The word memorandum (memo for short) comes from the Latin memorandum est – “It must be remembered”.
I like the word memorandum. It’s an old fashioned way of describing a company announcement or update. But it’s Latin meaning – it must be remembered – is also a great way to think about internal content.
These days, a lot of companies send out memorandums via email. But the more organised ones do something different – they build an internal blog.
Blogs are easy to refer back to. You don’t have to go trawling through a thousand emails to find the memo you need. In a blog, everything is neatly organised. In other words, you’ve got no excuse for losing or forgetting memos – you must remember it.
But transitioning from an email system to an internal blog isn’t easy. That’s why I put together this blog post. In it, I’ll be answering:
- What does an internal blog look like?
- How do I write a company blog?
- How do I come up with ideas for my company blog?
What is an internal blog?
A company blog is a place for an organisation to share news with their employees. This could include milestone, customer testimonials, new starters, new offices and much more. Basically, it’s a place to share anything you want your employees to know.
It is not a dumping ground for information. It’s a place to tell your story – a reminder to your staff about why they work for you, and not your competitor.
Creating internal blog content
What you write about is entirely dependent on how big your organisation is. For example, writing a blog post announcing someone’s retirement works well when you’ve got 50 staff. But when you’ve got 500 – not so much.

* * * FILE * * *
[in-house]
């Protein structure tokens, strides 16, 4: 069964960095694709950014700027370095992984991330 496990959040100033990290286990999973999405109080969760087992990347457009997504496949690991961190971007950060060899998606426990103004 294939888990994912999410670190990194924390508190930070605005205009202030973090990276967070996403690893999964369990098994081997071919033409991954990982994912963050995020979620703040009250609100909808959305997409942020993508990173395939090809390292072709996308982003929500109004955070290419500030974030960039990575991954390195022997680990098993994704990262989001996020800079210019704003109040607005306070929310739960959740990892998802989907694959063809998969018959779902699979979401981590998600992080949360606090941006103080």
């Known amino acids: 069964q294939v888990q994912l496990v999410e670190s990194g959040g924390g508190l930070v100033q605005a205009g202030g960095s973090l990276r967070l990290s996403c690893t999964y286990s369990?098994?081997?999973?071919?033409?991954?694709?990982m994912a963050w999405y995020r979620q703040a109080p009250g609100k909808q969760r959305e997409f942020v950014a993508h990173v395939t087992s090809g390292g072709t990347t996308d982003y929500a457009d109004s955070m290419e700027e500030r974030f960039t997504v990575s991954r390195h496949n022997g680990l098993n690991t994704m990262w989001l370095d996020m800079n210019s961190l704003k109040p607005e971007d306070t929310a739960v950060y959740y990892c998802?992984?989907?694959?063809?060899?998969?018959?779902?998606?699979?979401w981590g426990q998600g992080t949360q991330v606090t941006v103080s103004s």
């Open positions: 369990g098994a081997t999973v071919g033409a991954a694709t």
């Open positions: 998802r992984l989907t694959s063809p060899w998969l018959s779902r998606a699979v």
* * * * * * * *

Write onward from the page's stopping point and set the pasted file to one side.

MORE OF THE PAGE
To give you an idea of what sort of content works well, here are some of the most popular topics we’ve seen:
- Office tours
- New hire welcome
- ‘A day in the life of’
- Year-end reviews
- Charity events
- C-suite updates
Not everyone writing internal content is a trained writer, and that’s ok – anyone can do it who follows these simple rules:
- Keep it simple, clear and to the point
- Format your text well (with headings)
- Write as your company speaks
Now that last point might sound a bit tricky. Basically, what it means is that you have to match your tone to your organisation. For example, if you’re a small startup like us at Twine you can get away with (quite) a few jokes. But, say you’re at a 300+ strong law firm – you’ll have to save the lampooning of your balding boss for a private occasion.
When it comes to images, I always recommend you use your own photos rather than stock photos: shots of your actual team, office and products are always better than a cheesy stock photo. For example, compare the images below. The one on the left was the easiest to find (it was the first image that came up when I typed in ‘stock photo office’). The one on the right took a bit more effort because we had to actually take a photo of our office. Which would you rather read?
If you have absolutely no option, I’d take a stock image from Unsplash and add a personal touch to it. For example, you can add a tint that matches your brand colours in Photoshop. See the difference:
And, if you don’t have Photoshop, there are a ton of free tools online that make it easy to create beautiful hero images. For example, you could copy my Canva template for when we announce new starters:
That covers the basics of creating internal blog content. Below, you’ll find a real example taken from our own intranet that puts these ideas into practice:
The goal of this article was to give you some ideas and inspiration for when creating your own internal blog. You’ll have noticed that all the screenshots above feature the same app: Twine. It’s an application designed to specifically to help companies master their internal comms. We use it ourselves and, when it comes to internal blogging, I think it does a bang-up job.
Try it for yourself, just head to signup.twineapp.com and set up your trial account.